At his graduation, Billy is delivering a speech. Billy announces he will pass the hotel business to Carl Alphonse, one of his father’s more polite businessmen, and attend college in order to become a teacher. Eric watches on and fumes in frustration over Billy’s decision

REVIEW:

Remember the days when Adam Sandler was actually not hated by most critics, but rather loved? No, well, hopefully a journey back to the days of Billy Madison will change that for you. Many call this one of Sandler’s best. It must be since it is part of his company, Happy Madison, name. Let’s see what the big deal is, shall we?

What is this about?

Job-averse goofball Billy Madison stands to inherit a fortune when his hotel magnate father retires and leaves him in charge. But Billy’s dad won’t trust him with the family business unless he goes back to school. All the way back.

What did I like?

It worked…back then. The Waterboy is perhaps my favorite Adam Sandler movie but, I got to thinking the other day, if it were made today, would it work? The answer is probably no. A big part of that is Sandler’s character. Many of the mannerisms he used for Bobby Boucher are present in almost every film, now that I think about it. Today, we are tired of this schtick, but when you turn on the retro vibe, one can remember how great we thought, no we knew he was!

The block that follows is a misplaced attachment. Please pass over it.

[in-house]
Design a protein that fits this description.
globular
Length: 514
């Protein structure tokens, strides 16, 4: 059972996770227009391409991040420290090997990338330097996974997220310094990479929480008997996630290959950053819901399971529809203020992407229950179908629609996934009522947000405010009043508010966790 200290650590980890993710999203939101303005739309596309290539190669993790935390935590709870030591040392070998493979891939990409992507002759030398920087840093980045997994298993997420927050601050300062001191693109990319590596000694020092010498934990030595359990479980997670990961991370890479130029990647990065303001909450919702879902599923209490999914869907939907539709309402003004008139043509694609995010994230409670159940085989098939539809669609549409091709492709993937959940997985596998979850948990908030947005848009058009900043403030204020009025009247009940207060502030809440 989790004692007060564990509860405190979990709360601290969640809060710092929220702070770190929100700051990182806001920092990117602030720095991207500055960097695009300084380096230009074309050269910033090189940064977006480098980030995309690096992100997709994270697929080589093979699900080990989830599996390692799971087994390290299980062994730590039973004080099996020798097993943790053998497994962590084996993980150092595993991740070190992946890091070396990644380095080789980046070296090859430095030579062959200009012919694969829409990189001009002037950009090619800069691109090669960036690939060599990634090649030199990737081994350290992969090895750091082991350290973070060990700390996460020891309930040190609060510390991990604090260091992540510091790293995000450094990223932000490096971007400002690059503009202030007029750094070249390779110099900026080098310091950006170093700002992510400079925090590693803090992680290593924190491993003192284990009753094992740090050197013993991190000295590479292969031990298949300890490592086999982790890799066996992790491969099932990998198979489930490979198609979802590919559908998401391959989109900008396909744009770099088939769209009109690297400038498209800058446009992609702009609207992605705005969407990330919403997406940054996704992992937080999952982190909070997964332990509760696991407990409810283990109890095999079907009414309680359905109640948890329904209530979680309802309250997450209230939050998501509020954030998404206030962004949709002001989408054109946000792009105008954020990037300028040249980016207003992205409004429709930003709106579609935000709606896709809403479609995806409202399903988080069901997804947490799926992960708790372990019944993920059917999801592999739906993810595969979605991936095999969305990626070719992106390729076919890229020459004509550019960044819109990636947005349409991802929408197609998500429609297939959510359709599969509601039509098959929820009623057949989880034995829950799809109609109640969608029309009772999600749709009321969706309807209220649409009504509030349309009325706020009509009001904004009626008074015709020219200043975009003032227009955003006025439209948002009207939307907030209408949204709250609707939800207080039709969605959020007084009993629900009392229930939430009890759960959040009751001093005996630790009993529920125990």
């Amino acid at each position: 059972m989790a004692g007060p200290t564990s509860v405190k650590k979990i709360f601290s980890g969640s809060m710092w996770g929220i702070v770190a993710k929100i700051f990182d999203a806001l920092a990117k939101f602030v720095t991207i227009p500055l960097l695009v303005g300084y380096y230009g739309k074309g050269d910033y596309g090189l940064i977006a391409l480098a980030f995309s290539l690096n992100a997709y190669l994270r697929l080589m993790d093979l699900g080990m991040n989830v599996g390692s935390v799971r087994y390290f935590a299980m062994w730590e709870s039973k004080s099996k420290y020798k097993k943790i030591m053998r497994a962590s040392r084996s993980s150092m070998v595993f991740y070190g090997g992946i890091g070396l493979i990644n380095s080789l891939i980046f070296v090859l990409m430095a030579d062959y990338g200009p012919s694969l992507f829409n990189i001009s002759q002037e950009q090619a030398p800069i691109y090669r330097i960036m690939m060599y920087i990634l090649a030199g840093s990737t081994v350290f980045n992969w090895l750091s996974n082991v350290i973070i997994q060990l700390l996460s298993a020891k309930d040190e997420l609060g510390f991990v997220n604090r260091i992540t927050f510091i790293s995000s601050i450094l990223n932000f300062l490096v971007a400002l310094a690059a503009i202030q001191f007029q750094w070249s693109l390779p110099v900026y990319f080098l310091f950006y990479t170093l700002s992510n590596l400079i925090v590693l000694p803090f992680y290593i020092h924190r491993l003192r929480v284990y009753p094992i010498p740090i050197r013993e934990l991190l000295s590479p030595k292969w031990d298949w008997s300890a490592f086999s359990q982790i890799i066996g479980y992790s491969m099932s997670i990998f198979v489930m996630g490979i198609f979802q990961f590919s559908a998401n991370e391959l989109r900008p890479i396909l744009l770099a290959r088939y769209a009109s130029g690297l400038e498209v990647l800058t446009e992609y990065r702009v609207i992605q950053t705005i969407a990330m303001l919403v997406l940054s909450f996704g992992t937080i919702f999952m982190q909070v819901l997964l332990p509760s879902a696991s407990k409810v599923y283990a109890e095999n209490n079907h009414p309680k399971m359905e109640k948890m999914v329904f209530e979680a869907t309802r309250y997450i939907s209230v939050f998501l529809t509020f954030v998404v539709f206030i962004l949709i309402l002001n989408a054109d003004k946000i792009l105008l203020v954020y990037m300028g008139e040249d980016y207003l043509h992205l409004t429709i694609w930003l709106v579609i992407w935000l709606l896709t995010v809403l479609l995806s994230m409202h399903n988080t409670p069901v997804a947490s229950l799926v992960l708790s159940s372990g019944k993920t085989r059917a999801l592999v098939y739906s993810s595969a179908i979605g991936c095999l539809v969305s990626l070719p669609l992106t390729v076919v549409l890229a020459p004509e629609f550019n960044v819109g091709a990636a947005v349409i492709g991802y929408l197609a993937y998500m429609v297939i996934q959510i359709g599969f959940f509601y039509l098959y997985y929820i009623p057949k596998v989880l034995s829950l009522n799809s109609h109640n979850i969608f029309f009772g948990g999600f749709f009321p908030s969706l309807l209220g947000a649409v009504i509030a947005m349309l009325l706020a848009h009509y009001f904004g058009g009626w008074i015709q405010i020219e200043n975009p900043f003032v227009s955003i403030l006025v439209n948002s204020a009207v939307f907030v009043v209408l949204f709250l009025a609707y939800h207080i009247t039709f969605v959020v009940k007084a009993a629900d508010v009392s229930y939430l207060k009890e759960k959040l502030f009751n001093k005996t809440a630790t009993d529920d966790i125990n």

Kids love him. Once Sandler’s character, Billy, makes it to high school, he has to leave his young friends down at the elementary school (not quite sure what happened to the junior high years). For some reason, it warmed my heart to see them all flock to him when came back to visit one day. I guess that is just the military brat in me wishing that I could have gone back to see my friends and get that kind of reception after very school I left. Who knows?

On the boardwalk. Steve Buscemi makes a small cameo in a couple of scenes. Unlike most of his parts in Sandler movies, he isn’t the butt of some kind of joke, but rather a sympathetic character that Billy apparently was mean to when they were in high school. What is so impressive to be about this role is how much he says with his performance in such a short amount of time. There is obviously some scarring there from his high school days, as we can see from the list of people to kill and the fact that he puts on lipstick, but Billy’s call seems to help with that. That one call did so much, as seen later in the film.

What didn’t I like?